A few days after reviewing The Stranger, we have another Netflix miniseries on our hands.
The Woods has also been adapted from a Harlan Coben novel with the American setting switched out for a Polish one. The 6-part miniseries offer a more gripping mystery than The Stranger, which is wrapped up without losing its focus. But it doesn’t have a mysterious antagonist around this time.
Switching between two timelines separated by 25 years, we follow the protagonist Pawel Kopinski who is haunted by the disappearance of his sister in 1994. When an unidentified body is found in 2019, Pawell is convinced that it holds the key to finding his sister.
1. Quick Review
The setting has been changed from an American suburb in the novels to a Polish town in the series. This lends a breath of fresh air to The Woods, which is the second Polish production on Netflix.
The series navigates the two timelines smoothly as Pawell works to untangle the secrets surrounding his sister, Kamila’s disappearance. The pace has been slowed down, which develops the story differently.
This is not a fast-paced chase to hunt down the perpetrator. It instead focuses on the story of a man grieving from his past and looking for closure.
2. Is It Worth Watching?
The Harlan Coben signature is all over The Woods which is not surprising considering he also serves as a producer. A mystery involving a missing person, a conflicted protagonist, and a rape investigation in the present all combine to produce a gripping miniseries.
The Woods opens with Pawell Kopinski facing the barrel of a gun and then throws you back to the summer camp in 1994 where everything began.
Pawell is a successful lawyer in Warsaw whose life changed after the summer of 1994. He was working as a chaperone at a summer camp when four children go missing. The bodies of two are found the next day, but the other two, which include Pawell’s sister Kamila are missing to this day.
In 2019 he is called to identify a body that has been found by the police. The man had clippings of Pawell’s cases, and he recognizes the deceased as Arthur Perkowoski, the boy who went missing with his sister. This reignites his hope that his sister is still alive. He tries to connect with old friends and colleagues to launch a fresh investigation into her disappearance.
In the present, he is acting as the prosecutor on a case in which two young boys are accused of raping a girl. One of the boy’s fathers Krzysztof Dunaj-Szafrański is an important and rich media personality who doesn’t think his son is guilty. He urges Pawell to drop the case or face the consequences.
This case forms the secondary plotline of the show. The directors use narrations and memories of people involved in both the 1994 disappearance and the 2019 rape to unearth what really took place.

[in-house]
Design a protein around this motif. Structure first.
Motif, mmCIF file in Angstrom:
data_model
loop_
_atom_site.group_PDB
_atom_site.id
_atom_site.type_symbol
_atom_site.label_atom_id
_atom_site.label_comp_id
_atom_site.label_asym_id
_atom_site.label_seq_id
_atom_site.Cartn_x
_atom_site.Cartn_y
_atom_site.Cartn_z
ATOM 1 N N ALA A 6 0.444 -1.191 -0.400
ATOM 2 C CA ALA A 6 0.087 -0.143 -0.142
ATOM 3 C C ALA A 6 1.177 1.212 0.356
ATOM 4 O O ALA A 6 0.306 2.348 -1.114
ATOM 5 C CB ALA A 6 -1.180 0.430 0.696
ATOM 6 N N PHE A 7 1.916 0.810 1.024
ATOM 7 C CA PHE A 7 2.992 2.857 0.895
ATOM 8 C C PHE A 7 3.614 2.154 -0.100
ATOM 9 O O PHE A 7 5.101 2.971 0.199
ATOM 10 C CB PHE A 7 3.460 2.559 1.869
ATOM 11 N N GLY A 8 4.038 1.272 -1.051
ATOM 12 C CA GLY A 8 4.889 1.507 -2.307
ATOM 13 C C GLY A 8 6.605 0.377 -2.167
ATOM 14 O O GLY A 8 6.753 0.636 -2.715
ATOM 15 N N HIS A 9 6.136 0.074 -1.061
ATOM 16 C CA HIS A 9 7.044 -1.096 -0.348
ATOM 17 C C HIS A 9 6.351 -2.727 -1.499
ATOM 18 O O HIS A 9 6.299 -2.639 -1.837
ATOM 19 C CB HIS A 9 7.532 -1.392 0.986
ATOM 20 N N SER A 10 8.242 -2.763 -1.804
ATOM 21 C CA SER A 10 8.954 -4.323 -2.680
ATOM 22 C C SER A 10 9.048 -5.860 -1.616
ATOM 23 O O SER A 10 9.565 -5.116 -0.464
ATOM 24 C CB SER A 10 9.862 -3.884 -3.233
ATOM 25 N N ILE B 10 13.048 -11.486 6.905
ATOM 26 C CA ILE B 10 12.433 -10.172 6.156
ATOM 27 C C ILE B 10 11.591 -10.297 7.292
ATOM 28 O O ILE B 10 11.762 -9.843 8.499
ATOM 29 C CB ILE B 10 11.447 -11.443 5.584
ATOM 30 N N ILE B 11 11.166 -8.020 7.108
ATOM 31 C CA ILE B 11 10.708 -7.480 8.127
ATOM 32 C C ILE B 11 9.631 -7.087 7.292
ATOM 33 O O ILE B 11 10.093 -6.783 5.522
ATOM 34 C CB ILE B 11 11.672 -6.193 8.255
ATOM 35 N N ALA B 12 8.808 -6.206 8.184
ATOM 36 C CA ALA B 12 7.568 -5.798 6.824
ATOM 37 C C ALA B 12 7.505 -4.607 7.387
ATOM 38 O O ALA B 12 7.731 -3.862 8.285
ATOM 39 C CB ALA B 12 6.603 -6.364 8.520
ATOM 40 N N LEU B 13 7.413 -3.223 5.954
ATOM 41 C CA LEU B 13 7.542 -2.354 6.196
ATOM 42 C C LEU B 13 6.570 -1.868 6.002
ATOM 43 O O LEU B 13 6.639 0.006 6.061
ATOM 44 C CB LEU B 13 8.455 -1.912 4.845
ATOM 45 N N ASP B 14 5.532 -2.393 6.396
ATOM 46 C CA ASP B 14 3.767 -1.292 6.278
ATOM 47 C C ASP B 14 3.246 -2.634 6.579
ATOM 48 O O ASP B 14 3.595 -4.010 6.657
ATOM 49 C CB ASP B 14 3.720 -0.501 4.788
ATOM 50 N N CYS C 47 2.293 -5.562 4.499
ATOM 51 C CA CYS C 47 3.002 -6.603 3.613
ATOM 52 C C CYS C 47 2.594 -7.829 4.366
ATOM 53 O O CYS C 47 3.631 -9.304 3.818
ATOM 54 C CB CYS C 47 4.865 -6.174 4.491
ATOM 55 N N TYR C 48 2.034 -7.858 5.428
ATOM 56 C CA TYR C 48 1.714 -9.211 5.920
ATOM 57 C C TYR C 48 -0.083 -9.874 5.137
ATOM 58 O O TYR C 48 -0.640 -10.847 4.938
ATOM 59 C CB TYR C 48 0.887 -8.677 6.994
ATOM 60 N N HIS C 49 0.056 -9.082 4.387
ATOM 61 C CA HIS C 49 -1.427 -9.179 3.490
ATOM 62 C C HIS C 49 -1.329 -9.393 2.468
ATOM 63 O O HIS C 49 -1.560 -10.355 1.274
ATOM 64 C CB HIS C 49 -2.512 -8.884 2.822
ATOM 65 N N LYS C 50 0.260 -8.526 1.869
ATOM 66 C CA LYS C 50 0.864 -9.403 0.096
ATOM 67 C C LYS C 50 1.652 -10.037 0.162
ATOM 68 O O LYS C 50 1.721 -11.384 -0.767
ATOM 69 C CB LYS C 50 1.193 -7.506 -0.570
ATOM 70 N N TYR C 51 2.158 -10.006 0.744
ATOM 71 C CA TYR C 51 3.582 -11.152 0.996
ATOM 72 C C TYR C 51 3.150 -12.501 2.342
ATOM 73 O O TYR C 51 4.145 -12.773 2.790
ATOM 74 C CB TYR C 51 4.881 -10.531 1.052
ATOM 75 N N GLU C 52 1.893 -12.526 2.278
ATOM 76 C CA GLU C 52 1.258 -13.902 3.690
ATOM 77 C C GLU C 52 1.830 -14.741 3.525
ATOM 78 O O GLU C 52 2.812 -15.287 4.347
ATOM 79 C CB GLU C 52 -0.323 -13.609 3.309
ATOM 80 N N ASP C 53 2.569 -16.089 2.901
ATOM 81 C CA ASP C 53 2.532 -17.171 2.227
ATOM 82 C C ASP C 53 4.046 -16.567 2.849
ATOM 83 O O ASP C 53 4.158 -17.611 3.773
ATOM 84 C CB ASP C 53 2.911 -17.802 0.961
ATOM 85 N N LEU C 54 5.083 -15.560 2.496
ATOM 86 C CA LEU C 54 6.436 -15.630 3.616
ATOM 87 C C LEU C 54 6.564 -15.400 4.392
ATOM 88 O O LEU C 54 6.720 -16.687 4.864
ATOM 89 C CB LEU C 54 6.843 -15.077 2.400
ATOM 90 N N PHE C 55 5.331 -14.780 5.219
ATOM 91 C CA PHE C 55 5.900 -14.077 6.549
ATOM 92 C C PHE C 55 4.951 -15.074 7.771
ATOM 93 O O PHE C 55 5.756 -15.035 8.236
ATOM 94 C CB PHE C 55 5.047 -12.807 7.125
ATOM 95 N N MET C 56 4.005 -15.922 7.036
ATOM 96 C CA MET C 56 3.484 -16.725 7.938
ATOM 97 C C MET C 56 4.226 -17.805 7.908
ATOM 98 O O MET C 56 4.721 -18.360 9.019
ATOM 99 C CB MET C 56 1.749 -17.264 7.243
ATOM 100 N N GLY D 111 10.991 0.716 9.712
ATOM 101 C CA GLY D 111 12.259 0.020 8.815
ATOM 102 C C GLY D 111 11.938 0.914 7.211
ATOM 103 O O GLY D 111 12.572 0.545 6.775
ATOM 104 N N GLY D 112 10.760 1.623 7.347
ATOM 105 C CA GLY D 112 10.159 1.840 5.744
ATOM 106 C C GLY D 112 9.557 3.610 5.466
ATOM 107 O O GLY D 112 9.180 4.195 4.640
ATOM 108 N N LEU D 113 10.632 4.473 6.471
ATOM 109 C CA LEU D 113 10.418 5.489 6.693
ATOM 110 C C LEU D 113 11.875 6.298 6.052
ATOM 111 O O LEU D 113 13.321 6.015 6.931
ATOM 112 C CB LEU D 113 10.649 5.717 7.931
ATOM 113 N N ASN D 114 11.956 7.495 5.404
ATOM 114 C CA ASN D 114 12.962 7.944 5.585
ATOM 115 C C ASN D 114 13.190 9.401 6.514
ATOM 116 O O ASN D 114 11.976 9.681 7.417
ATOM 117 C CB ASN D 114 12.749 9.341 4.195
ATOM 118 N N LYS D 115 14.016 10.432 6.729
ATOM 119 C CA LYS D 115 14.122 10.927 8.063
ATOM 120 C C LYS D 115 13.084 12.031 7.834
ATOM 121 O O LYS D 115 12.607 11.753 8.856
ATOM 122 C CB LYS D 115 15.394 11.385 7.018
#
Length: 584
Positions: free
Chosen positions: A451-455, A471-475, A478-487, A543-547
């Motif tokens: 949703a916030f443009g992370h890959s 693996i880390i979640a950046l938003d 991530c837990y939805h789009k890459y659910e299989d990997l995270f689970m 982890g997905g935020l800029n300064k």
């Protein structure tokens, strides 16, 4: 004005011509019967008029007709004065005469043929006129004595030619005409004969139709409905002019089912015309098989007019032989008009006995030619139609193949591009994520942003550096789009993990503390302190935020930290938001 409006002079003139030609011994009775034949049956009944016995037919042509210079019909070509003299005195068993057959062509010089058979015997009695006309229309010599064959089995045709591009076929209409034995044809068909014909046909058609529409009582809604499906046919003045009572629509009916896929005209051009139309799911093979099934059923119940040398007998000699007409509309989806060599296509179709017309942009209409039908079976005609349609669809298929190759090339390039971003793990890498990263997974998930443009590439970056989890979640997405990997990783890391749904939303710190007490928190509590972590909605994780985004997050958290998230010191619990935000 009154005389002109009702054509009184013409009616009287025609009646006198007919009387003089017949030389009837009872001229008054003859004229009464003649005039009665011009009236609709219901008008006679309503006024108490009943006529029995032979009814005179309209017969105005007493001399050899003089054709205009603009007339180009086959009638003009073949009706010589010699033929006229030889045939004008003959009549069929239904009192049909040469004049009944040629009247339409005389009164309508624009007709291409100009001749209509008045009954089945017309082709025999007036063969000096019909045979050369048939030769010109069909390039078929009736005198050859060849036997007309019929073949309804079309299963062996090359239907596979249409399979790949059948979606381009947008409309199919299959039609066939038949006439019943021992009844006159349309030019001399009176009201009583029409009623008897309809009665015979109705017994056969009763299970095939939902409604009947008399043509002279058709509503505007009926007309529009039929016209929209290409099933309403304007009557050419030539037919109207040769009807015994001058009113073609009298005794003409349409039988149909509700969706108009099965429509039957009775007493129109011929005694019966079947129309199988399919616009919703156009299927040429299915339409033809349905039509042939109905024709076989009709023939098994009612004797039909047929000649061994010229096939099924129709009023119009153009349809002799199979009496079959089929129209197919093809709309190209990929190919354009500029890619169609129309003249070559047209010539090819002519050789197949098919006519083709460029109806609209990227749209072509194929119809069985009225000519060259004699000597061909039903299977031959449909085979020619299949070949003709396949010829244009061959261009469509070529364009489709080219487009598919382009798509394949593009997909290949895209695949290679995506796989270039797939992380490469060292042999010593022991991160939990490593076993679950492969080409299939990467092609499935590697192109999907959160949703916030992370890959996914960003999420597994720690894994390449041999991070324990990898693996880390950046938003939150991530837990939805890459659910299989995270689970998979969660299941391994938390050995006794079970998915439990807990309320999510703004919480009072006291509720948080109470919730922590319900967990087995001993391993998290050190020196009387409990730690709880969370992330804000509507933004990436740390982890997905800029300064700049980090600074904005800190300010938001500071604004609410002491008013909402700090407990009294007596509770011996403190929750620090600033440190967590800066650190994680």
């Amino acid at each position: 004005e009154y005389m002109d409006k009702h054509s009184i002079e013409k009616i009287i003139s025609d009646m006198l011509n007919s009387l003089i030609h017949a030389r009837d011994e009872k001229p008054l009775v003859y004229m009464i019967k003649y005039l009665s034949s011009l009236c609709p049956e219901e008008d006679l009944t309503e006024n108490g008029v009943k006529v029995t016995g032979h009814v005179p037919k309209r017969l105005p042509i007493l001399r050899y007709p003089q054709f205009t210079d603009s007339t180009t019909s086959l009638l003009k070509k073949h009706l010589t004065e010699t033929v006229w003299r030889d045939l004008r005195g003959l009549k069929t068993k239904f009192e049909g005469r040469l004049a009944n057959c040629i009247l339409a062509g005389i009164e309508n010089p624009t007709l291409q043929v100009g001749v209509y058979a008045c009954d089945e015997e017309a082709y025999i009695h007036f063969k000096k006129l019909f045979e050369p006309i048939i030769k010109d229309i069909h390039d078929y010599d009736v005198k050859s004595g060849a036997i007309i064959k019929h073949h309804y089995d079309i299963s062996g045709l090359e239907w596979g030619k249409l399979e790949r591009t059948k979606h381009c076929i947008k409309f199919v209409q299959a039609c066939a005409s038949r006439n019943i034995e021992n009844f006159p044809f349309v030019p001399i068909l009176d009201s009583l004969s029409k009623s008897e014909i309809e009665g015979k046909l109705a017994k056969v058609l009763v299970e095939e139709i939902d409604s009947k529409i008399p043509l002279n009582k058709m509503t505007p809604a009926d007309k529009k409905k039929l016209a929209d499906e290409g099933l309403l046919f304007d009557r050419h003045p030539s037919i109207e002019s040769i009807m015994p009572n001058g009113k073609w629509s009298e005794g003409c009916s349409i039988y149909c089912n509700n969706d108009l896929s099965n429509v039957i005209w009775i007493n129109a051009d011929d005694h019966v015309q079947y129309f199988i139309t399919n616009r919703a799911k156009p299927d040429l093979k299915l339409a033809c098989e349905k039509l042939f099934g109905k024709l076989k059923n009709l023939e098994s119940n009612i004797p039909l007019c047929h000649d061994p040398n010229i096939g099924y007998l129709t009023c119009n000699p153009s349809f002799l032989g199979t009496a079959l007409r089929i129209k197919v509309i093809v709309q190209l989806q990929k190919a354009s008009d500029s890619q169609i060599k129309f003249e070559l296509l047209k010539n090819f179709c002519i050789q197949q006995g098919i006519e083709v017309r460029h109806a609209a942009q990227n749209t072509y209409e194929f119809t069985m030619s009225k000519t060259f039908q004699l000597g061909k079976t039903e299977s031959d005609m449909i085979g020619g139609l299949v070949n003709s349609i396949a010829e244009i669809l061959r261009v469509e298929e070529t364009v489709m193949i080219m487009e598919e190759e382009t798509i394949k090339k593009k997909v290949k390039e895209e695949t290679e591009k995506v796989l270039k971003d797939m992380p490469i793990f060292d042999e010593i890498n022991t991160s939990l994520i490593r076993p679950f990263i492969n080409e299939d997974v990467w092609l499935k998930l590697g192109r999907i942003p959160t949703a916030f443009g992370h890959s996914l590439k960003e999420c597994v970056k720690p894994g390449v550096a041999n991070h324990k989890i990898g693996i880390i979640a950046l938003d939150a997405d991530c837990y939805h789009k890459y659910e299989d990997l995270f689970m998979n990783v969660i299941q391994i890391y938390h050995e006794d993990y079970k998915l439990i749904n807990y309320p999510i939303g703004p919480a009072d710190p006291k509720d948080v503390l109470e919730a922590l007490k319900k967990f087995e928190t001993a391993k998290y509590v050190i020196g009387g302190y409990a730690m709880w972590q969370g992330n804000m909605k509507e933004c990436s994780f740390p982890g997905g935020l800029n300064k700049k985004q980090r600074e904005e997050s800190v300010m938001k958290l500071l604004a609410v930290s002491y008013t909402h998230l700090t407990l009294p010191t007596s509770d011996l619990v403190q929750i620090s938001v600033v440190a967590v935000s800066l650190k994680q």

II. Cast & Performances
Grzegorz Damięcki and Hubert Miłkowski share the role of Pawell Kopiński in the 2019 and 1994 timelines respectively. Agnieszka Grochowska and Wiktoria Filus do the same with the character of Laura Goldsztajn.
The actors, well established in the Polish industry, do a fine job with their roles. The viewer remains connected even when the narrative jumps from one timeline to another.
3. The Two Timelines
The exciting style of switching the narrative between two timelines makes the show more entertaining and thrilling to watch as more secrets come to light. The cinematographers use distinct color schemes to clearly demarcate the two timelines.
The actors also do an excellent job honing out the finer parts of their characters so that the link between the two timelines is maintained. We get a sense of continuity when the older Pawell reunites with his teenage crush Laura. They still share a close friendship and work together to uncover Kamila’s whereabouts.
The directors have also managed to capture the buzzing excitement and budding romances that surround teenage life. The summer camp sequences are nostalgic and fun to watch, and they successfully create a feeling of melancholy when the kids go missing.
4. Final Thoughts
The Woods accurately depicts the agony of losing a loved one and never getting closure afterward. It is paced in a slow-burning way and follows a man’s quest for justice and finally finding out the truth.
The shift in setting to Poland is complete, with Polish folk songs a prominent part of the score. There are newspaper headlines and pop culture references that transport you to that faraway land.
Wrapped up under six hours, The Woods has a gripping mystery at its center but fails to pack a punch. While the series remains focused on the central plot, it’s not elevated enough that it would leave you feeling shocked. It’s another average adaption of a Coben story in a fresh setting.